With February and half term drawing to a close now is a good time to check the local playing fields for gulls February is a good time to see various gulls with winter and continental visitors a possibility The Academy Playing field is always a good place for gulls feeding on worms and invertebrates and I have seen Herring Gull recently stamping on the ground to encourage their food to rise to the surface. Herring gull is the largest Gull seen with any regularity in the area.
The most common gulls in the village regularly lining the roof tops near the Chip shop are the black headed gulls some of which are just starting to get their summer plumage with the black cheek spots steadily spreading to what will be full chocolate brown heads. In amongst the Black headed gulls are occasionally seen slightly less common and therefore perhaps mis-named common gulls. Best seen together for comparison this week on the recreation ground feeding on the football pitches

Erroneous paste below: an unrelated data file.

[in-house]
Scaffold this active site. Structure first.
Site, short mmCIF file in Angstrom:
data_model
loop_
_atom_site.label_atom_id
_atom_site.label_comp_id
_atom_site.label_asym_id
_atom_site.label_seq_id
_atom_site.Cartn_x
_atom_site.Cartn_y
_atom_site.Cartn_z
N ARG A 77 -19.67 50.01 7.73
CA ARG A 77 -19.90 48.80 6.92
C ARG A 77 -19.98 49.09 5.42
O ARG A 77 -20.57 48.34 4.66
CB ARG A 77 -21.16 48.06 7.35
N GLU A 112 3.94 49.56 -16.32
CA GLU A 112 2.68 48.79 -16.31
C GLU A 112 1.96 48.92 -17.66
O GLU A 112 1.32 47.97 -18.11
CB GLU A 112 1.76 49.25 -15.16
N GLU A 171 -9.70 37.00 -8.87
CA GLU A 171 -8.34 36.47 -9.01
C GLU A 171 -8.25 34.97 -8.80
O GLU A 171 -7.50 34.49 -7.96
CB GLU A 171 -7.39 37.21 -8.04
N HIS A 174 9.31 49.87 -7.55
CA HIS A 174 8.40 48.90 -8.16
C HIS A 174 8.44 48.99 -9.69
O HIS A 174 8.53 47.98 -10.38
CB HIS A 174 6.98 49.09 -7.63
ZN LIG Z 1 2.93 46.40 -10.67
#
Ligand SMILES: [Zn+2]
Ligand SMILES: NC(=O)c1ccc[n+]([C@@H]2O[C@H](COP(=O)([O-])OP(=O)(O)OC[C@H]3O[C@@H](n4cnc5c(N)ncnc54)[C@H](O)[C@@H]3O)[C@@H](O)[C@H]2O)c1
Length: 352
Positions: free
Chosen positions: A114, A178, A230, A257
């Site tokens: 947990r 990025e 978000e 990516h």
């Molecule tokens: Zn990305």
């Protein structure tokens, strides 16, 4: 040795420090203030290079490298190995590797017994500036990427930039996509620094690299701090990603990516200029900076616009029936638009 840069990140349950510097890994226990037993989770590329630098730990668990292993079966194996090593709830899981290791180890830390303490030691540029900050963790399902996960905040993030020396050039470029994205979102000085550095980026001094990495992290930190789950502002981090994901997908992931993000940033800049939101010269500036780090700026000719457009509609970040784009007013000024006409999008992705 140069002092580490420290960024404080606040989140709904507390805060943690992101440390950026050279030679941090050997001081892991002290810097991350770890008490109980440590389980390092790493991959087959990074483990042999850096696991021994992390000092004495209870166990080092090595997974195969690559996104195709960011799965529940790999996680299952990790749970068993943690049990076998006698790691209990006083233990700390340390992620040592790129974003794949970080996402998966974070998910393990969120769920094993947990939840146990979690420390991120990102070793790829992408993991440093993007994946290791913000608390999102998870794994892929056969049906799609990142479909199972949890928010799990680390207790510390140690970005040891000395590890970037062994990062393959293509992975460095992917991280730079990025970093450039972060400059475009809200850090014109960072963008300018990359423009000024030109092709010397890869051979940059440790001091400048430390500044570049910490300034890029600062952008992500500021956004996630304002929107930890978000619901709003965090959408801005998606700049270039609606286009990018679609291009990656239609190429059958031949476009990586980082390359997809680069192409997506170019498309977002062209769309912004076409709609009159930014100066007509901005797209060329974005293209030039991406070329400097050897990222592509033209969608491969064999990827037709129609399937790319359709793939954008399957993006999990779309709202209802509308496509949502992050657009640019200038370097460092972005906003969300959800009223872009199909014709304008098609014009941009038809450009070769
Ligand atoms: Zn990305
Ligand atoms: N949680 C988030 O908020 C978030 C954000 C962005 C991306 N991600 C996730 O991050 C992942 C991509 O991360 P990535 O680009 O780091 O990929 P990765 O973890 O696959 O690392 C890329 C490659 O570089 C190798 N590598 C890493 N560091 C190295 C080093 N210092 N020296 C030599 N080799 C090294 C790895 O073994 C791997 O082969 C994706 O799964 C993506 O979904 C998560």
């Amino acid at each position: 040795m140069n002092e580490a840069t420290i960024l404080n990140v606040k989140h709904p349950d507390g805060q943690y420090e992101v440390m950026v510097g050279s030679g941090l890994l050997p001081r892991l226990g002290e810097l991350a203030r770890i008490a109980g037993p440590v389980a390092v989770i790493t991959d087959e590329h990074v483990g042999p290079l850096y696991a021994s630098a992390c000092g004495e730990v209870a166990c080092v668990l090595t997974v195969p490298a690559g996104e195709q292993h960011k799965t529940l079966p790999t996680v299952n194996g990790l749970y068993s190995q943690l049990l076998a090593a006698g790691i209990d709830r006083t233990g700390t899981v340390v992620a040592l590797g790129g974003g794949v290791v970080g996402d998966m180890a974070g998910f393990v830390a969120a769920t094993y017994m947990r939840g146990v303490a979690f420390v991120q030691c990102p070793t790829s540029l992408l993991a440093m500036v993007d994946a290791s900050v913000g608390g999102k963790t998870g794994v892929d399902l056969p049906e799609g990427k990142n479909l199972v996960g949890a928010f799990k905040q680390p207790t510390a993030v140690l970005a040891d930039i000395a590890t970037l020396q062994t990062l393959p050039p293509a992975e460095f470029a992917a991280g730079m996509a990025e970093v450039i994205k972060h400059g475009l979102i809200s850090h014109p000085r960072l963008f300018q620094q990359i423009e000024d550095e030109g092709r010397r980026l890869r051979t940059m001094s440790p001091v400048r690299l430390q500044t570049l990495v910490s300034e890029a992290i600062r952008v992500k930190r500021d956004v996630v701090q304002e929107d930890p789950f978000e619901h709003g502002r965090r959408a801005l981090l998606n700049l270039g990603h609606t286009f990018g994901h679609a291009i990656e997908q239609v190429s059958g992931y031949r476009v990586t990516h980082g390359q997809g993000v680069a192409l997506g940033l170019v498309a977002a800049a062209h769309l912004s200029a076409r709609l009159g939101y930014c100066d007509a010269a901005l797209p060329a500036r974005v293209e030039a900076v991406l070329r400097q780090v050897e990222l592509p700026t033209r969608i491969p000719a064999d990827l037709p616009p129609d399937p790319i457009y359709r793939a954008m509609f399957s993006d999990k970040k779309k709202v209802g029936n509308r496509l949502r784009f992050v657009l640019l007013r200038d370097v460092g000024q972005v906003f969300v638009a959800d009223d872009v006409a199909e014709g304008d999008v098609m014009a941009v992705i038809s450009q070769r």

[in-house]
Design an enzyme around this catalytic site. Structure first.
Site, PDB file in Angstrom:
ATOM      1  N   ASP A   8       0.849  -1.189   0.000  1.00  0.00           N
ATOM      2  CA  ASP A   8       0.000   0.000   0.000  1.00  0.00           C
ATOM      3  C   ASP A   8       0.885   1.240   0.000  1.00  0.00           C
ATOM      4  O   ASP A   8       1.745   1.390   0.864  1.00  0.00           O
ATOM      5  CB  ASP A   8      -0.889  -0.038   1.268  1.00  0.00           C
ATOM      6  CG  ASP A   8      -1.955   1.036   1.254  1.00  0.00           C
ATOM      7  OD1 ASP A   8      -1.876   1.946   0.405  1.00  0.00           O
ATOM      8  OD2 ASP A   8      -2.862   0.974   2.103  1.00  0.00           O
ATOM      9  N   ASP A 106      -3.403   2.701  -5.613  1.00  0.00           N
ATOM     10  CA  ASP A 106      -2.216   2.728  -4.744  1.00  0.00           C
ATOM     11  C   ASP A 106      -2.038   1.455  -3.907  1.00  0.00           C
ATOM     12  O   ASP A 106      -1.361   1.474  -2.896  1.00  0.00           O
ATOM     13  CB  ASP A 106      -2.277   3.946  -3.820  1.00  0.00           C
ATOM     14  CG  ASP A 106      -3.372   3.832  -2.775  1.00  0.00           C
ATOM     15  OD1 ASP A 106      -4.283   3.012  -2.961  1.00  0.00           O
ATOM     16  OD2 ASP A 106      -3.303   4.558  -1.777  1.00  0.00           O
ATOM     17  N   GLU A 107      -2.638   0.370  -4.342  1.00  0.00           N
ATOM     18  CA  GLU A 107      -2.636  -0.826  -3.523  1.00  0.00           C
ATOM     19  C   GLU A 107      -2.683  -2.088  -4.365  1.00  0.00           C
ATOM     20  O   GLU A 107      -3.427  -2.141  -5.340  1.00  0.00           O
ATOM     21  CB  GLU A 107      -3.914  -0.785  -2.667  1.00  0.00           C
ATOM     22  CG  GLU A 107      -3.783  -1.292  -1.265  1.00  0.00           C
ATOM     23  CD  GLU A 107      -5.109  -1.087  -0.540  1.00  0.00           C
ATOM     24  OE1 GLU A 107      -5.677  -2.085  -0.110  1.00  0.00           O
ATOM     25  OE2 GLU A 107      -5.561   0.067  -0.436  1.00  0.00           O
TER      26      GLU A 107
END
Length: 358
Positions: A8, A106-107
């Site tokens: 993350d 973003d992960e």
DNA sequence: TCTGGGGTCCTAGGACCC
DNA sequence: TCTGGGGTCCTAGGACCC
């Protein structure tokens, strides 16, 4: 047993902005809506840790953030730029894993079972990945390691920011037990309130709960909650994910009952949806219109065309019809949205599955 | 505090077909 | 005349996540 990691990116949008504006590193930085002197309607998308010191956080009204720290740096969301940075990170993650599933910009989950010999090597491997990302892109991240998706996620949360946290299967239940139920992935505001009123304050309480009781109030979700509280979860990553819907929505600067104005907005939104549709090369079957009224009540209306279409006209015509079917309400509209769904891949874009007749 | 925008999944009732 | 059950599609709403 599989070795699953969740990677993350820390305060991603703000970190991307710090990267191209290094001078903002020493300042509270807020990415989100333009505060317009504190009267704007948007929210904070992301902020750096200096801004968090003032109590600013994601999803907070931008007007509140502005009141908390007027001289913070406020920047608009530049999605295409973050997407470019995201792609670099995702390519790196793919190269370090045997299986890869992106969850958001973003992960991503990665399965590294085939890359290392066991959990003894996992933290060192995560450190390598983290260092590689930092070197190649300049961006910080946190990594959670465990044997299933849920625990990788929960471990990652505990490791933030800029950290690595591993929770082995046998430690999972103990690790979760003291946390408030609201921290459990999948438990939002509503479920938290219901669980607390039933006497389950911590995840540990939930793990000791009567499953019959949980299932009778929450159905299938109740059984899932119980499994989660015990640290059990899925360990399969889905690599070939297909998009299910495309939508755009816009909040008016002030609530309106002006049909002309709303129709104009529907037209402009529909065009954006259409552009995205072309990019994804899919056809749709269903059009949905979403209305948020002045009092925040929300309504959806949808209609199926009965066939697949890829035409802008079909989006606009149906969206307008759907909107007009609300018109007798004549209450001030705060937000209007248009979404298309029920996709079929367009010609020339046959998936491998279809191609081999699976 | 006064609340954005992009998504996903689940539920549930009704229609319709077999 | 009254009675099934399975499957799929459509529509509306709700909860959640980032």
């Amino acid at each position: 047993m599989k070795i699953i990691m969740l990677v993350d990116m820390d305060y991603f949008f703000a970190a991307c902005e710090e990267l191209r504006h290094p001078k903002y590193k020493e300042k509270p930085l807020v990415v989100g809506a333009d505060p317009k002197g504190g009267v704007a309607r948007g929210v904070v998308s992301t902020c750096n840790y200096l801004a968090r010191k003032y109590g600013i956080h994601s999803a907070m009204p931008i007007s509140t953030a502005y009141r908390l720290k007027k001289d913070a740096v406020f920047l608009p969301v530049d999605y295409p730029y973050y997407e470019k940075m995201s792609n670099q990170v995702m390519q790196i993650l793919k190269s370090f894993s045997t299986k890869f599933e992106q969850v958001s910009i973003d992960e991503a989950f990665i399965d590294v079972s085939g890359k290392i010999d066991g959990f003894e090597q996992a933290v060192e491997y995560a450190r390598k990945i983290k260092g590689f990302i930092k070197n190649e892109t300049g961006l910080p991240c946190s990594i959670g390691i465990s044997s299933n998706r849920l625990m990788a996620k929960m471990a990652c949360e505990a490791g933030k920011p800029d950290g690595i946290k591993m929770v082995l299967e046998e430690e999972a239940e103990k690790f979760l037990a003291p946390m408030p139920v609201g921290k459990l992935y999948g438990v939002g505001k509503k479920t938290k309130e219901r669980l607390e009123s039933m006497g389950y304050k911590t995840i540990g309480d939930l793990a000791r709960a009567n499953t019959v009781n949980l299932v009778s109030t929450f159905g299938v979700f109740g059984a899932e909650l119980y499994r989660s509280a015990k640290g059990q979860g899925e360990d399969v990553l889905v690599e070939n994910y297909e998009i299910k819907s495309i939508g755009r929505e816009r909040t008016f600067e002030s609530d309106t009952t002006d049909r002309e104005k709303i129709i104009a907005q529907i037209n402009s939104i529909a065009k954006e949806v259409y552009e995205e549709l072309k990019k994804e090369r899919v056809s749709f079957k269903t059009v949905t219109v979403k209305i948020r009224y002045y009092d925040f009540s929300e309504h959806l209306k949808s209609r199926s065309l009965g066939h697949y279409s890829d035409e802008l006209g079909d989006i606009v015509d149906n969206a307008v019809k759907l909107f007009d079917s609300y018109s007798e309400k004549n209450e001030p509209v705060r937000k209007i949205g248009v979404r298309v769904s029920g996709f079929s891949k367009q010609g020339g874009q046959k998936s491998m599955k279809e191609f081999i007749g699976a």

Other Gulls seen locally which have not made it into the Village are Lesser Black Backed Gull one of which has been sitting regularly with black headed gulls in the large puddle/pond in the field opposite Waitrose at Wymondham. The monster gull that is the Greater Black Backed Gull has been recently seen at Eaton park and with tractors now working the fields locally almost any gull could turn up.
I have been scanning the skies for passing big gulls and maybe the Great White egret mentioned in my last post and whilst these haven’t turned up a pair of soaring buzzards above the B1172 at Thickthorn Hall is another spring sign that is always a pleasure to see
For those of you either tempted by the thought of identifying your gulls or keen to sharpen your skills check out the following links and Videos: